memorial day's activities. The Ministry of Foreign Affairs of Russia
on March 20 declared that such activities are inadmissible as well as
"any other attempt to revise results of the Second World War" ("Vesti
Segodnya", March 21, 
http://www.cm.lv/index.php3?br=$br&g=2001&m=03&d=21&w1=r&r=2&w2=p&pub=003#banner
).
 

The "Vieda" publishers' awards
 
The "Vieda" publishing house has announced competition "The way to the
new world or the real nationalism and true culture – the only
guarantee of the Latvians' survival and development". One of the
competition advertisements was put up at the notice-board at the
University of Latvia. The "Vieda" offers students and schoolchildren
to think over, "why Latvia is forced upon the way to the EU as the
only right model of development, in connection with integration of
illegal colonists and their descendants", "why integration [of the
society] is absurd", "why fighters for freedom - national partisans
and legionnaires - are not glorified in the independent Latvia", "why
representatives of Russian media are not expelled from Latvia for hate
speech", "why colonists should leave the territory of Latvia to avoid
ethnic conflicts" and so on. After such reflections, students,
schoolchildren or other persons of age under 30 are offered to write a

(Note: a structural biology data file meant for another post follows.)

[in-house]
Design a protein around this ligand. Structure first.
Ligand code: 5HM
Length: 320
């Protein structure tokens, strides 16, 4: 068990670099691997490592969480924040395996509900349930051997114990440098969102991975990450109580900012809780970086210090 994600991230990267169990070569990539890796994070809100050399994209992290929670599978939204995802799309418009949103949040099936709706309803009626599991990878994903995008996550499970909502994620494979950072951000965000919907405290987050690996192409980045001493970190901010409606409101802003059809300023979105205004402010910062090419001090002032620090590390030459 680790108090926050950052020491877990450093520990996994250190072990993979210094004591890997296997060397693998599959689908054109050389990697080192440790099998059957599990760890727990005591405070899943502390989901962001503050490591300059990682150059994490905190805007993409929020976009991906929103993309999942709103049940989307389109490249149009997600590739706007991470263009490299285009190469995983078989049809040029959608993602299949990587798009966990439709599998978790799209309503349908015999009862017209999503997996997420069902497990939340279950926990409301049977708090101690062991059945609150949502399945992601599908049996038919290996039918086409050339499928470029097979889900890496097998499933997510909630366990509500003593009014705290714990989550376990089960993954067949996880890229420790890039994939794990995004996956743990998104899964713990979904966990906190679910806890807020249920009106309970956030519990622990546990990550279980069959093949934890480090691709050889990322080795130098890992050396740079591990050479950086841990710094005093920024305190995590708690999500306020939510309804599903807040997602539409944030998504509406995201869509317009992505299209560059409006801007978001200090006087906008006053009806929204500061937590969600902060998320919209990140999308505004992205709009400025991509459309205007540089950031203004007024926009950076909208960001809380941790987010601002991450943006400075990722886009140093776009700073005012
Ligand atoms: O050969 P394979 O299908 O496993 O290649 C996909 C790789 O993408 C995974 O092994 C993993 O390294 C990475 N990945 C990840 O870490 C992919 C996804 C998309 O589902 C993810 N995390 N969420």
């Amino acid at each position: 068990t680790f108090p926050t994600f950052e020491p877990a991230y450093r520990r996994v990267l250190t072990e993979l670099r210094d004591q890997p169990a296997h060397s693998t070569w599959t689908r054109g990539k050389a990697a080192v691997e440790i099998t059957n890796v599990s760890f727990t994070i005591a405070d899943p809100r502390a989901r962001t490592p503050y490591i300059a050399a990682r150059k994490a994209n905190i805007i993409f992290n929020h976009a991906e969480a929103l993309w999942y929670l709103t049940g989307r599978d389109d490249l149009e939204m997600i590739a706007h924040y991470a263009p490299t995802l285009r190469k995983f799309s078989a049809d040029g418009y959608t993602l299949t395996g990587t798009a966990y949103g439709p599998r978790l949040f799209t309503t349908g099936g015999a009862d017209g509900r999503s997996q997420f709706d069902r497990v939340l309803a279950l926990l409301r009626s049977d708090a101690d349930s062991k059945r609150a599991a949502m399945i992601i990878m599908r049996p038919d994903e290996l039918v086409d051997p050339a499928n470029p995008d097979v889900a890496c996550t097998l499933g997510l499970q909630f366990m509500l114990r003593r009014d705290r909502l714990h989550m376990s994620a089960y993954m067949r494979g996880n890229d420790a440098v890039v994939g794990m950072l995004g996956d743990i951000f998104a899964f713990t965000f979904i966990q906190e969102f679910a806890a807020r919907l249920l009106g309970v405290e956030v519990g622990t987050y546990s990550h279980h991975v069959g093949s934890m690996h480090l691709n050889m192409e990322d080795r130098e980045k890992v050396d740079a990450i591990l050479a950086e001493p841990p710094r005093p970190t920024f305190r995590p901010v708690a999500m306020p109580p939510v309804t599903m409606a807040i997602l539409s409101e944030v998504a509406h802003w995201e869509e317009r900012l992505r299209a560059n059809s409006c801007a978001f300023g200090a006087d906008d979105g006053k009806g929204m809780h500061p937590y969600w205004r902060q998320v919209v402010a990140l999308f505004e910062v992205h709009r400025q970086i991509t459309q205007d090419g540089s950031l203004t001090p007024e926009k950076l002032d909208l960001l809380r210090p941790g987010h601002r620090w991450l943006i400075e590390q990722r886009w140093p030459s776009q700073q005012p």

composition. Possible topics: "Realization of Divine Justice or
Latvia's deliverance from 700,000 colonists as the task No.1", "Is
Russian-language media in Latvia spreading ideas of Russian chauvinism
or fascism", "National partisans and legionnaires - the example of
heroism for Latvian youth", etc. The compositions in the Latvian
language should be sent to the "Vieda" till April 10. The best
compositions will be published in a book and will be sent to the
leaders of the state. Besides, authors of the best compositions will
receive money awards. The first is of 100 Lats (approx. $165, average
10-month state grant for a state budget-funded student). Persons older
than 30 can also write and send their compositions, but cannot receive
money awards. ("Vesti Segodnya" (The News Today"), March 24).
 
It should be mentioned that Mr. Aivars Garda, a director of the
"Vieda" publishers, in December 1999 gave an interview expressing
similar ideas for the newspaper of the University of Latvia
"Universitates Avize". The Constitution Defence Bureau of Latvia did
not find hate speech in that interview then (see Minority issues in
Latvia, No. 13,
http://racoon.riga.lv/minelres/archive//03282000-21:26:25-13361.html
).

 
Alexei Dimitrov
Latvian Human Rights Committee (F.I.D.H.)